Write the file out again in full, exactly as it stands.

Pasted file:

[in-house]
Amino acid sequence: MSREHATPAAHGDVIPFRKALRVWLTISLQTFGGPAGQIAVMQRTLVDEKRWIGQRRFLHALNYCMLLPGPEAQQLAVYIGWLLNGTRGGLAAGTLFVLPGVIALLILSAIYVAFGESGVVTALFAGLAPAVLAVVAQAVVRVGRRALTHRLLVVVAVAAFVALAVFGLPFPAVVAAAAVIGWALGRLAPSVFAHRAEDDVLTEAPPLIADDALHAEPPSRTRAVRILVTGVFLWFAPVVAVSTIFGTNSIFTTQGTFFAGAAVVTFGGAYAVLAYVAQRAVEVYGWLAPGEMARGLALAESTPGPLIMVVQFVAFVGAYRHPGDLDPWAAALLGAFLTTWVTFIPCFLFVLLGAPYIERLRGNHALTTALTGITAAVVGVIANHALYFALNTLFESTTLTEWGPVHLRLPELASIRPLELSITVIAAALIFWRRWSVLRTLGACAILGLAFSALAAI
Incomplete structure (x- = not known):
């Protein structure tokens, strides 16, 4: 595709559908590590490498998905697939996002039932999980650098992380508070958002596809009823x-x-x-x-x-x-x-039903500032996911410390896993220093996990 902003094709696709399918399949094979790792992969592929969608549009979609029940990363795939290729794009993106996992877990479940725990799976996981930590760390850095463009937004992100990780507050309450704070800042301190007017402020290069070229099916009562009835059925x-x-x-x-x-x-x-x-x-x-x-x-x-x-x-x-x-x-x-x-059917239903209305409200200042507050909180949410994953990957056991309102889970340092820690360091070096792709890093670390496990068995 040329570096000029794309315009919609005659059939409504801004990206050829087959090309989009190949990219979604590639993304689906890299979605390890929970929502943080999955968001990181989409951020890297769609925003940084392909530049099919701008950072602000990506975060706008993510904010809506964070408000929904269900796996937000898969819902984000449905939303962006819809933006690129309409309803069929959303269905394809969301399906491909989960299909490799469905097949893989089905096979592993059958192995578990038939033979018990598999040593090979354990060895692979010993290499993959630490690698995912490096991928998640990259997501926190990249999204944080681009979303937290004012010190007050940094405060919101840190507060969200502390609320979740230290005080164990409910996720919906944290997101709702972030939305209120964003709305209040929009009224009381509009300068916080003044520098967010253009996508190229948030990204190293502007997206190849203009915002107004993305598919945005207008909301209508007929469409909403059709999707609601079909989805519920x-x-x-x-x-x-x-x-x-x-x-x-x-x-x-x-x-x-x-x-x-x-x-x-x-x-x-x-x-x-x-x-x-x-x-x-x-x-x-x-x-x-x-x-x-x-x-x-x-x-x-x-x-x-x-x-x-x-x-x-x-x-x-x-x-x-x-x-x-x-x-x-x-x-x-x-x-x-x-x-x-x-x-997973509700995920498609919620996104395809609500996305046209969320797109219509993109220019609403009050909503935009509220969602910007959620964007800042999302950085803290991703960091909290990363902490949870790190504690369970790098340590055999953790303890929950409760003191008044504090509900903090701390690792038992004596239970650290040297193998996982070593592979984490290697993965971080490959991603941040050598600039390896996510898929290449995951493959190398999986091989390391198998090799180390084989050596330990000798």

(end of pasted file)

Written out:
[in-house]
Amino acid sequence: MSREHATPAAHGDVIPFRKALRVWLTISLQTFGGPAGQIAVMQRTLVDEKRWIGQRRFLHALNYCMLLPGPEAQQLAVYIGWLLNGTRGGLAAGTLFVLPGVIALLILSAIYVAFGESGVVTALFAGLAPAVLAVVAQAVVRVGRRALTHRLLVVVAVAAFVALAVFGLPFPAVVAAAAVIGWALGRLAPSVFAHRAEDDVLTEAPPLIADDALHAEPPSRTRAVRILVTGVFLWFAPVVAVSTIFGTNSIFTTQGTFFAGAAVVTFGGAYAVLAYVAQRAVEVYGWLAPGEMARGLALAESTPGPLIMVVQFVAFVGAYRHPGDLDPWAAALLGAFLTTWVTFIPCFLFVLLGAPYIERLRGNHALTTALTGITAAVVGVIANHALYFALNTLFESTTLTEWGPVHLRLPELASIRPLELSITVIAAALIFWRRWSVLRTLGACAILGLAFSALAAI
Incomplete structure (x- = not known):
């Protein structure tokens, strides 16, 4: 595709559908590590490498998905697939996002039932999980650098992380508070958002596809009823x-x-x-x-x-x-x-039903500032996911410390896993220093996990 902003094709696709399918399949094979790792992969592929969608549009979609029940990363795939290729794009993106996992877990479940725990799976996981930590760390850095463009937004992100990780507050309450704070800042301190007017402020290069070229099916009562009835059925x-x-x-x-x-x-x-x-x-x-x-x-x-x-x-x-x-x-x-x-059917239903209305409200200042507050909180949410994953990957056991309102889970340092820690360091070096792709890093670390496990068995 040329570096000029794309315009919609005659059939409504801004990206050829087959090309989009190949990219979604590639993304689906890299979605390890929970929502943080999955968001990181989409951020890297769609925003940084392909530049099919701008950072602000990506975060706008993510904010809506964070408000929904269900796996937000898969819902984000449905939303962006819809933006690129309409309803069929959303269905394809969301399906491909989960299909490799469905097949893989089905096979592993059958192995578990038939033979018990598999040593090979354990060895692979010993290499993959630490690698995912490096991928998640990259997501926190990249999204944080681009979303937290004012010190007050940094405060919101840190507060969200502390609320979740230290005080164990409910996720919906944290997101709702972030939305209120964003709305209040929009009224009381509009300068916080003044520098967010253009996508190229948030990204190293502007997206190849203009915002107004993305598919945005207008909301209508007929469409909403059709999707609601079909989805519920x-x-x-x-x-x-x-x-x-x-x-x-x-x-x-x-x-x-x-x-x-x-x-x-x-x-x-x-x-x-x-x-x-x-x-x-x-x-x-x-x-x-x-x-x-x-x-x-x-x-x-x-x-x-x-x-x-x-x-x-x-x-x-x-x-x-x-x-x-x-x-x-x-x-x-x-x-x-x-x-x-x-x-997973509700995920498609919620996104395809609500996305046209969320797109219509993109220019609403009050909503935009509220969602910007959620964007800042999302950085803290991703960091909290990363902490949870790190504690369970790098340590055999953790303890929950409760003191008044504090509900903090701390690792038992004596239970650290040297193998996982070593592979984490290697993965971080490959991603941040050598600039390896996510898929290449995951493959190398999986091989390391198998090799180390084989050596330990000798």